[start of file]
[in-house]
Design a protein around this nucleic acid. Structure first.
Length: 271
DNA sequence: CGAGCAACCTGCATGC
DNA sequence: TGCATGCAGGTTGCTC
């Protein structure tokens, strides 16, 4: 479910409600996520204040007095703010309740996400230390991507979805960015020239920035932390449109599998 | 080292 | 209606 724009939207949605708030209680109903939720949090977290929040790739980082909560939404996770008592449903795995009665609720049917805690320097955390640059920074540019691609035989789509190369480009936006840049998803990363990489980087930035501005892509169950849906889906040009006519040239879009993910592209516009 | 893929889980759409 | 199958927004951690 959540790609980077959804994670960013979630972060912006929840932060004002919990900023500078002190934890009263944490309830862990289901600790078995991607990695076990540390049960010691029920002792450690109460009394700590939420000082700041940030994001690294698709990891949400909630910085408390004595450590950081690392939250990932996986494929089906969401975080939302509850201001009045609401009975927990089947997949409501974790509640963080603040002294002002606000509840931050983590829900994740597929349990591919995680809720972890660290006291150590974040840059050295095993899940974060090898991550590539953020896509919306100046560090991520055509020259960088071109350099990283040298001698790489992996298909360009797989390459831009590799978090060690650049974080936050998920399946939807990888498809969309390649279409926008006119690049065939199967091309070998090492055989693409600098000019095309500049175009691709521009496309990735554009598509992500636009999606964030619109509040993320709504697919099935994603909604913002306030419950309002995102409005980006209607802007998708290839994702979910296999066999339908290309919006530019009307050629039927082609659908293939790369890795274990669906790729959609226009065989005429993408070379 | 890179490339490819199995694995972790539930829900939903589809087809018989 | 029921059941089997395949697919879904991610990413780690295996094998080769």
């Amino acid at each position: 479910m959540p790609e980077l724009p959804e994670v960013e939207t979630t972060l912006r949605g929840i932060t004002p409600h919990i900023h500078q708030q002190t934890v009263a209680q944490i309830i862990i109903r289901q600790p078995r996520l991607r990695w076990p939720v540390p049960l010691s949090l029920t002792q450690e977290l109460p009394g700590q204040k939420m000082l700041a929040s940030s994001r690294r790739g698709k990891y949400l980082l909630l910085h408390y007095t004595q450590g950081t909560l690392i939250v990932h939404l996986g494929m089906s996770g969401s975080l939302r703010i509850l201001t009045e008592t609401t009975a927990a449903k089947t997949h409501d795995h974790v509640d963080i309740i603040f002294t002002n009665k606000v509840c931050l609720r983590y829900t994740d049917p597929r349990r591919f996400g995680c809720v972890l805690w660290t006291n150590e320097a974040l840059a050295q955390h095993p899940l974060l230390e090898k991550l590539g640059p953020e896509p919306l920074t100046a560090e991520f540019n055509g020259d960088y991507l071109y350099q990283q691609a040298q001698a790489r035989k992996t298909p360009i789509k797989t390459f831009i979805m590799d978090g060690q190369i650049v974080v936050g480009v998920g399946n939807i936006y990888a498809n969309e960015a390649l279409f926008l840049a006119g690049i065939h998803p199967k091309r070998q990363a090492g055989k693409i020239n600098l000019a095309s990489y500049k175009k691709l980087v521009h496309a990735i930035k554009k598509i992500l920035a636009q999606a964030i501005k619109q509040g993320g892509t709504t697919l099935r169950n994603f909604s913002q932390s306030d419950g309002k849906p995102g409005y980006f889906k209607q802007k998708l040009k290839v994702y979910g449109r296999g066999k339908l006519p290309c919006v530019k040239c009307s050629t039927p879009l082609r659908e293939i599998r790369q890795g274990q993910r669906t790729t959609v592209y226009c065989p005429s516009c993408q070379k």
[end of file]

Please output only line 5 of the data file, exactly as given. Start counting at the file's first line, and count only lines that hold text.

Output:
DNA sequence: TGCATGCAGGTTGCTC